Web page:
In a news release, Genome Canada said the funding will allow it to “collaborate with the regional Genome Centres and other ecosystem partners to develop new knowledge, tools, technologies, data assets and talent to strengthen Canada’s pathogen surveillance, fight anti-microbial resistance, protect Canada’s food supply and exports in a changing climate, deliver precision health, and prime Canadian biomanufacturing capacity.”

It said the biomanufacturing and life sciences funding announced in the federal budget will help build “Canada’s talent pipeline and research systems.”

The federal government is also proposing to invest $360 million over the next seven years to develop and launch a national quantum strategy that will “amplify Canada’s significant strength in quantum research,” which looks at how everything from life-saving drugs to next generation batteries are developed and designed.

Read also: Massive investments needed now to avoid next pandemic

“Federal investments in this area will allow Canada to stake a leadership claim in quantum,” said Ed McCauley, president of the University of Calgary, where the Institute for Quantum Science and Technology is housed.

“This will foster entirely new industries here in Alberta in a space that is already emerging as critically important to the future global economy.”

The federal government said it will retool and modernize, at a cost of $90 million over five years, the National Research Council’s Canadian Photonics Fabrication Centre that supports the technology of generating and harnessing the power of light. The centre supplies photonics research, testing, prototyping and pilot-scale manufacturing services to academics and large, small, and medium-sized photonics businesses in Canada.

Other research investments announced include:

  • $500 million over four years, starting in 2021-22, for the Canada Foundation for Innovation to support the bio-science capital and infrastructure needs of postsecondary institutions and research hospitals,
  • $250 million over three years, starting in 2021-22, to increase clinical research capacity through a new Canadian Institutes of Health Research Clinical Trials Fund,
  • $250 million over four years, starting in 2021-22, for the federal research granting councils to create a new tri-council biomedical research fund, and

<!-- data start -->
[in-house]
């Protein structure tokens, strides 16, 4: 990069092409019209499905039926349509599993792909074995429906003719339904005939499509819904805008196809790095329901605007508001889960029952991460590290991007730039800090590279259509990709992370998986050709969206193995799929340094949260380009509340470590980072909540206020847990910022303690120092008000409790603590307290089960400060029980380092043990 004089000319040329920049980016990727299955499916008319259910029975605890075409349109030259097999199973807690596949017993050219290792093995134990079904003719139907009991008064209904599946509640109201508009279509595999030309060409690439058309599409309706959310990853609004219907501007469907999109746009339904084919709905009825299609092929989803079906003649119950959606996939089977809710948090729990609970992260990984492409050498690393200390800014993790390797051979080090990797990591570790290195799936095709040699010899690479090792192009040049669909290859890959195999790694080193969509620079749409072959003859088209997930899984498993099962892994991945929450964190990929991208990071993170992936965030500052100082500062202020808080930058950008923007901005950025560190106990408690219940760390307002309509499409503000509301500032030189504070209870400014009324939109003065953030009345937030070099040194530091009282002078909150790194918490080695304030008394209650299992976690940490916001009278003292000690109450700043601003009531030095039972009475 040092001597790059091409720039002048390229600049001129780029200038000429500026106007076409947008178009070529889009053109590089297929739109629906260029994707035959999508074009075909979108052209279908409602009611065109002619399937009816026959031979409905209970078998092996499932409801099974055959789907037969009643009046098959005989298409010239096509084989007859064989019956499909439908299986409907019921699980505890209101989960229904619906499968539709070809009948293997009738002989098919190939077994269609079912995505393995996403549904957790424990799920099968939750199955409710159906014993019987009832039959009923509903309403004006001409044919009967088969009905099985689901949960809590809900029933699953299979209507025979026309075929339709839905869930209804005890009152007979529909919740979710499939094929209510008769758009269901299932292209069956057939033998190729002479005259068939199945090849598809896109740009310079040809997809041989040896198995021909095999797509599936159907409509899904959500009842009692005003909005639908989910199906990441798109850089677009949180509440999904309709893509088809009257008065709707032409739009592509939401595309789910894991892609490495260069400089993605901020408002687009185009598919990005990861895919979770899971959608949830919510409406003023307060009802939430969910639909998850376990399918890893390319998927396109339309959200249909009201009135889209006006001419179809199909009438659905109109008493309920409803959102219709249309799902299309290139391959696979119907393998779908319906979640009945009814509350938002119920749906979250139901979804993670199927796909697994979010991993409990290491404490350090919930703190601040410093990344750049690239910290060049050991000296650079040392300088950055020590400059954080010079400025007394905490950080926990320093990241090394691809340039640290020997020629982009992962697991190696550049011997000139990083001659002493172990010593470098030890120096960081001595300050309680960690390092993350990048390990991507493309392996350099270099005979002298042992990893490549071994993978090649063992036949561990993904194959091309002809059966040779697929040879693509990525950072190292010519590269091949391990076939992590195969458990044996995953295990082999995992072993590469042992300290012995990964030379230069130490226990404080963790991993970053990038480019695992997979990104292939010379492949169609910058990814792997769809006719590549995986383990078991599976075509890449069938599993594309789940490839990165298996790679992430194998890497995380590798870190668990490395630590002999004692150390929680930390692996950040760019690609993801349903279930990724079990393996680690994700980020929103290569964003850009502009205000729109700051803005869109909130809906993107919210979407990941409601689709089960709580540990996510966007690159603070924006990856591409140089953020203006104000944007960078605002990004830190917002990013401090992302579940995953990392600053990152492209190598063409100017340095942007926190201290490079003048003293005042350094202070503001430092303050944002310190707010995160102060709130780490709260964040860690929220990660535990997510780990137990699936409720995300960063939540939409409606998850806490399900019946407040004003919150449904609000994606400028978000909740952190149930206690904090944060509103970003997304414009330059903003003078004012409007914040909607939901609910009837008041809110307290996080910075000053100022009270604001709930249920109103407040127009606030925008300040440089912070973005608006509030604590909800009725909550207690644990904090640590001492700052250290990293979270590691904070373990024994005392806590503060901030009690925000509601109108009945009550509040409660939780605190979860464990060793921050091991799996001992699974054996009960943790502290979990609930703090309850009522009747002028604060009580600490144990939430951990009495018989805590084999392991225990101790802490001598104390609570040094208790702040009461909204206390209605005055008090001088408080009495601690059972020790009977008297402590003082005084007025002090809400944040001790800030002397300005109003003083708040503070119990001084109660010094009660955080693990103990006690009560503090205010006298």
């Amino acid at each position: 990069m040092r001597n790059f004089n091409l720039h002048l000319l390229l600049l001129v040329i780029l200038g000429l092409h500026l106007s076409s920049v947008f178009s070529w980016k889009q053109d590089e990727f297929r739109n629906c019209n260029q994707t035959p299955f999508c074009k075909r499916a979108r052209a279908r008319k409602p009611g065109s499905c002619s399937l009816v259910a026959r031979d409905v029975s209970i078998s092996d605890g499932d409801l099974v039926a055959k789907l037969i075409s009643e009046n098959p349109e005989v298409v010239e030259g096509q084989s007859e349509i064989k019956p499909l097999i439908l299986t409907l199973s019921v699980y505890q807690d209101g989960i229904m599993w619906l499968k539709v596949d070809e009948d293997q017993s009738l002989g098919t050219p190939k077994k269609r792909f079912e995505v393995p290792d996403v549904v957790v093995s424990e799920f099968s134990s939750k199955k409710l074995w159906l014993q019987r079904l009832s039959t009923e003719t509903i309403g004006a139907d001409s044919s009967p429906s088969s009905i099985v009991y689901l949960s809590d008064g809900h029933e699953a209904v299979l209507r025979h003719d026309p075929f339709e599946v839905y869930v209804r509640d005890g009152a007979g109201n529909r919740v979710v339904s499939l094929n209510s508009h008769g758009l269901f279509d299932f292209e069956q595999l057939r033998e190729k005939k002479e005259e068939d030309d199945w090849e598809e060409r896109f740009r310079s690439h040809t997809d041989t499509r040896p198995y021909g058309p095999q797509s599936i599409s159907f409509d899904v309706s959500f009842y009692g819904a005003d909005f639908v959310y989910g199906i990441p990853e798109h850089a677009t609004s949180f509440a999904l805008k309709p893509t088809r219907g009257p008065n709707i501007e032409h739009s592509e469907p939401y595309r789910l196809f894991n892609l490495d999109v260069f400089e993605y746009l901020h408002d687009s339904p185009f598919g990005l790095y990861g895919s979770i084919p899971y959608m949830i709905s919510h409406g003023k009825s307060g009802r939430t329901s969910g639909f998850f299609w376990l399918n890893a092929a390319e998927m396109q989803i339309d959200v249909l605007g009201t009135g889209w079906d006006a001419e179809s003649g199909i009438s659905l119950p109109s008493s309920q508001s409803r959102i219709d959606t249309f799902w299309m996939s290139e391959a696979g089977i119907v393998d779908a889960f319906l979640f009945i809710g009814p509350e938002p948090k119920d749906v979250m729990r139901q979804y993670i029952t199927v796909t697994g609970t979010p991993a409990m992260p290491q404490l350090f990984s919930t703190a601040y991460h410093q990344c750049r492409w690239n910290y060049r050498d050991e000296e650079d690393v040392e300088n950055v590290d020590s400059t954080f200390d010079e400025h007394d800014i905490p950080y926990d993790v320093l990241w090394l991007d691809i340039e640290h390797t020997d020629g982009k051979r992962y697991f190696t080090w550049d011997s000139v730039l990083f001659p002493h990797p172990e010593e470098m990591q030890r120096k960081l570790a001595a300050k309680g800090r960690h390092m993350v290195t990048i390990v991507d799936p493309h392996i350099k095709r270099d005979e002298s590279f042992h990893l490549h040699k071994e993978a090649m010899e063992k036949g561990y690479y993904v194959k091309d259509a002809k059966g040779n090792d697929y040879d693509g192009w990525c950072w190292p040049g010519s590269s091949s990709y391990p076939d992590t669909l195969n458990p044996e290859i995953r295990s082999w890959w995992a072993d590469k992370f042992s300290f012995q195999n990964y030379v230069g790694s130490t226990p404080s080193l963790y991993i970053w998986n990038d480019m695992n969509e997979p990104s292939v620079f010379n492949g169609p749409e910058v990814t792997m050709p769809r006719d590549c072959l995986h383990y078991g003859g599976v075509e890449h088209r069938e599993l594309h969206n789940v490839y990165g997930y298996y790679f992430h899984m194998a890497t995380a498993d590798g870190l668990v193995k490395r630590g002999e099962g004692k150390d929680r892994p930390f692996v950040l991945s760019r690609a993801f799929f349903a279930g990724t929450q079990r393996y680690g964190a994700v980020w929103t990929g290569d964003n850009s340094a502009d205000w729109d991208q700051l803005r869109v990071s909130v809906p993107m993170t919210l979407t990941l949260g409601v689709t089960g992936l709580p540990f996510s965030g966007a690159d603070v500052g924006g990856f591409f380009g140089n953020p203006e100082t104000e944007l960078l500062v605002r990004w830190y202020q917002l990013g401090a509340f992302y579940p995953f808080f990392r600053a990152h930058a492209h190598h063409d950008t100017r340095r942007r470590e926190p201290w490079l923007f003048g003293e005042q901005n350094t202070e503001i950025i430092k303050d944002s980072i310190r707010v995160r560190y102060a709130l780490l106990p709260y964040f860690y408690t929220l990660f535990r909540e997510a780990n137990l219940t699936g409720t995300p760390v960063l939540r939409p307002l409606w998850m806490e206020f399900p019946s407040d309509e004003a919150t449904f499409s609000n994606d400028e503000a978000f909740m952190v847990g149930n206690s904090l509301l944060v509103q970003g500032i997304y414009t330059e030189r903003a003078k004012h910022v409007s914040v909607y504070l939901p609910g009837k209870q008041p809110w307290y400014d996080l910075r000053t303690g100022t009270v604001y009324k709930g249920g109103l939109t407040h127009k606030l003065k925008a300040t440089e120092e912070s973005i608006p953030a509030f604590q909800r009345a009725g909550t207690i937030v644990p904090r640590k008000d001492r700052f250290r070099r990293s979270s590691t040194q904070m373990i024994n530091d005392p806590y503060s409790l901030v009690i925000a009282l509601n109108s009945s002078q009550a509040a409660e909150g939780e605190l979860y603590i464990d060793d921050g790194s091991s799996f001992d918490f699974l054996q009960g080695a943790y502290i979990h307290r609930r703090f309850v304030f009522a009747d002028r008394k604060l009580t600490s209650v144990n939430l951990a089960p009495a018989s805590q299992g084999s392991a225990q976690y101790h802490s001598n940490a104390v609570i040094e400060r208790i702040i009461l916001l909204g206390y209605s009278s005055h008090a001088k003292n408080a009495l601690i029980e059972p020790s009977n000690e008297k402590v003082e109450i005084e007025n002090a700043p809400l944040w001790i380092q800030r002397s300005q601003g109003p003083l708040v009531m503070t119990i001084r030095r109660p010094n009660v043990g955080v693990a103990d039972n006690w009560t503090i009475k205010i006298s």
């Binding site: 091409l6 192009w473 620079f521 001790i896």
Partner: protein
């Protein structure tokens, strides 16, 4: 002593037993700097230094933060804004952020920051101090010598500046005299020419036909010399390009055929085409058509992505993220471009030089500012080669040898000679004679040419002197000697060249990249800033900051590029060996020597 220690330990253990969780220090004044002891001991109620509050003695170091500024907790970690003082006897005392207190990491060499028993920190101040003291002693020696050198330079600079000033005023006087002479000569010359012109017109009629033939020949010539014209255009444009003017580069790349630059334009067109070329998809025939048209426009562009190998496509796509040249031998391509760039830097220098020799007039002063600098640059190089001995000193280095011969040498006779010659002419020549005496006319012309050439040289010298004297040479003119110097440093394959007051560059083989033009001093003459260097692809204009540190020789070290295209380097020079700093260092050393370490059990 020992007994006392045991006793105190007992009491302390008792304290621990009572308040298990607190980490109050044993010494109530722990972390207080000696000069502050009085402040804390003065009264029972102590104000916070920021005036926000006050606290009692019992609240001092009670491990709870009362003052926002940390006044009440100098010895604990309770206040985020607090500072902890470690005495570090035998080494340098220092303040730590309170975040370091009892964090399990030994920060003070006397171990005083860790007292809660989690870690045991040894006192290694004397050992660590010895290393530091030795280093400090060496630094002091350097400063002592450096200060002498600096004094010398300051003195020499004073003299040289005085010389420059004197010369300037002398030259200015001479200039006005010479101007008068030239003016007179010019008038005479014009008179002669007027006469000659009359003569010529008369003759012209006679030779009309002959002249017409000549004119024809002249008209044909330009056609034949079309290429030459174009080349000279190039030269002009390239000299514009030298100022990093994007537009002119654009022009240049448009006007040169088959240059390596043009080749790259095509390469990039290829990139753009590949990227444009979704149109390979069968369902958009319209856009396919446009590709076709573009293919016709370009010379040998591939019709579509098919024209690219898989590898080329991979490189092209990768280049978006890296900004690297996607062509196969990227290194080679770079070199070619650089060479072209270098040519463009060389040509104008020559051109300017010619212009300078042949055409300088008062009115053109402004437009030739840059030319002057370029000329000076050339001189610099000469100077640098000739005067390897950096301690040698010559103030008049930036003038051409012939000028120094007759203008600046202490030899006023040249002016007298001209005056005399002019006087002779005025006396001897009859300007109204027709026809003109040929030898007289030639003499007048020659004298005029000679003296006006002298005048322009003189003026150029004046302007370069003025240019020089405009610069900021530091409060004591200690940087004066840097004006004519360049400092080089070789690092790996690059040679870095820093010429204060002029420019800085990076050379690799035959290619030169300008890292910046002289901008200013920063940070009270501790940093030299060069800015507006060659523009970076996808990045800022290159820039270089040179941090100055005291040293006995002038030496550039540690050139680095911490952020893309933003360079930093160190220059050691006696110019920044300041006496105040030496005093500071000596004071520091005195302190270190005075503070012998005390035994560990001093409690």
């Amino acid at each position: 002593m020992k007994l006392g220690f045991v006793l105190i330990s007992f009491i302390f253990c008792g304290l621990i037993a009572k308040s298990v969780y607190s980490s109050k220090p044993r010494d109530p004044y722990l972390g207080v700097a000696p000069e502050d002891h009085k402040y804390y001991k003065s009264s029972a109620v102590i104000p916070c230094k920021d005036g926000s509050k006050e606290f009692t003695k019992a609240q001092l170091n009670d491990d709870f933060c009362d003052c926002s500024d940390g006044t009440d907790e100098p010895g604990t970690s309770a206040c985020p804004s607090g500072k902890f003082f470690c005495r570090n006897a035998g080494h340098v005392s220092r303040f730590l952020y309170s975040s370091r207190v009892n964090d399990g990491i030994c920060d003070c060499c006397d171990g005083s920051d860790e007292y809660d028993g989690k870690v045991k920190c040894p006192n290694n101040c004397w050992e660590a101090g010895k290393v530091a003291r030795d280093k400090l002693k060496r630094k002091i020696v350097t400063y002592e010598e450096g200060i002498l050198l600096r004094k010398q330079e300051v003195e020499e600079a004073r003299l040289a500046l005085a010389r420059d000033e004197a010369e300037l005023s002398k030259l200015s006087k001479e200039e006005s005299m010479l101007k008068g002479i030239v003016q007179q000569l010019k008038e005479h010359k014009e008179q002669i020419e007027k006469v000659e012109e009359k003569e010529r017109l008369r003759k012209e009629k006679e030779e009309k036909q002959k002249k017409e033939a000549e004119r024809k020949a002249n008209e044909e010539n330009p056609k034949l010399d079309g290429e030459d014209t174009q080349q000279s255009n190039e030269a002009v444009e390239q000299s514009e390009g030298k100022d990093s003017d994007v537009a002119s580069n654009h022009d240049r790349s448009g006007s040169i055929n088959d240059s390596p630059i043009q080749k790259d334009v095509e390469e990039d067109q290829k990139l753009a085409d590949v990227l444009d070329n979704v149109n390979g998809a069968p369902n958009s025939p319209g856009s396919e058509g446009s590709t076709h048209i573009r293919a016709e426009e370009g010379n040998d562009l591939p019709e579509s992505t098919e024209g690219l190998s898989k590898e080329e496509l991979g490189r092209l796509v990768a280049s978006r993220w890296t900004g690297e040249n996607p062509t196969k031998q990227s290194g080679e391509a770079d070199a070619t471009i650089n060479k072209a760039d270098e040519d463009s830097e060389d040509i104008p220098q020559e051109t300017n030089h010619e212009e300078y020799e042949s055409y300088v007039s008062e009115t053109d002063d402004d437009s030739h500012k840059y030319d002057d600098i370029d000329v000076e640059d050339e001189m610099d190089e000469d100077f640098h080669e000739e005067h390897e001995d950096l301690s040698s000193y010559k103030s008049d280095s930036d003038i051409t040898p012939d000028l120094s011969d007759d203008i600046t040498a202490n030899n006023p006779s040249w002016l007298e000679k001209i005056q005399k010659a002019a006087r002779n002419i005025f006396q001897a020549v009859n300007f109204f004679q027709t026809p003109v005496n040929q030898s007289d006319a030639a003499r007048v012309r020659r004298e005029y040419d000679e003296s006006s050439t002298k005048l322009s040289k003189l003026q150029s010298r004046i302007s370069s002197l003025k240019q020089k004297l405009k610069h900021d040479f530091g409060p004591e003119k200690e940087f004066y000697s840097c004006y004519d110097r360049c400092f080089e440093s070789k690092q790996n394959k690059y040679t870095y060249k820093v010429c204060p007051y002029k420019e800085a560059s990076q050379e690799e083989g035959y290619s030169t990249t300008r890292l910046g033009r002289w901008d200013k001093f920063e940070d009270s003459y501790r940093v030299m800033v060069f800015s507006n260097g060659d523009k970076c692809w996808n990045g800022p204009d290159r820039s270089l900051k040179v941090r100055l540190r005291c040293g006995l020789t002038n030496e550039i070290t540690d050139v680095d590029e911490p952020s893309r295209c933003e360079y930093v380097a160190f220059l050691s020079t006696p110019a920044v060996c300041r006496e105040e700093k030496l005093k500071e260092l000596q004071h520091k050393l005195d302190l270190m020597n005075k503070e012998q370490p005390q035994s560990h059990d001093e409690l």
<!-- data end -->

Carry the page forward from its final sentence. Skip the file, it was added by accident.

• $45 million over three years, starting in 2022-23, to the Stem Cell Network to support stem cell and regenerative medicine research.

According to Sophie Montreuil, executive director of Acfas, an association that represents 3,200 francophone researchers, the budget “recognizes the importance of research.”

She said the increased funding for the tri-council funding agencies, the National Research Council and the Canada Foundation for Innovation are a step in the right direction.

Dr. Montreuil said she expected increased research funding, given the pandemic. “It would have been highly improbable to see reductions in research funding given the prominence of science and research data in the news.”

She added that although the details will be unveiled in the weeks to come, she’s very pleased about the $121.3 million in funding Heritage Canada will receive “to offer a quality postsecondary education in minority language settings in Canada.”

Universities Canada (publisher of University Affairs) said in a statement to its members that the organization was pleased with the federal government’s commitments to higher education, research and innovation.

“Today’s biggest commitment has been made to students. Support for students is important, and for students to be successful, universities must be strong,” it said, adding that the research investments made build on decades of discovery research and focus on many areas where Canada leads the world.

“Canada faces intense research competition for talent, and continued investments will be necessary,” the statement reads.

With a file from Pascale Castonguay.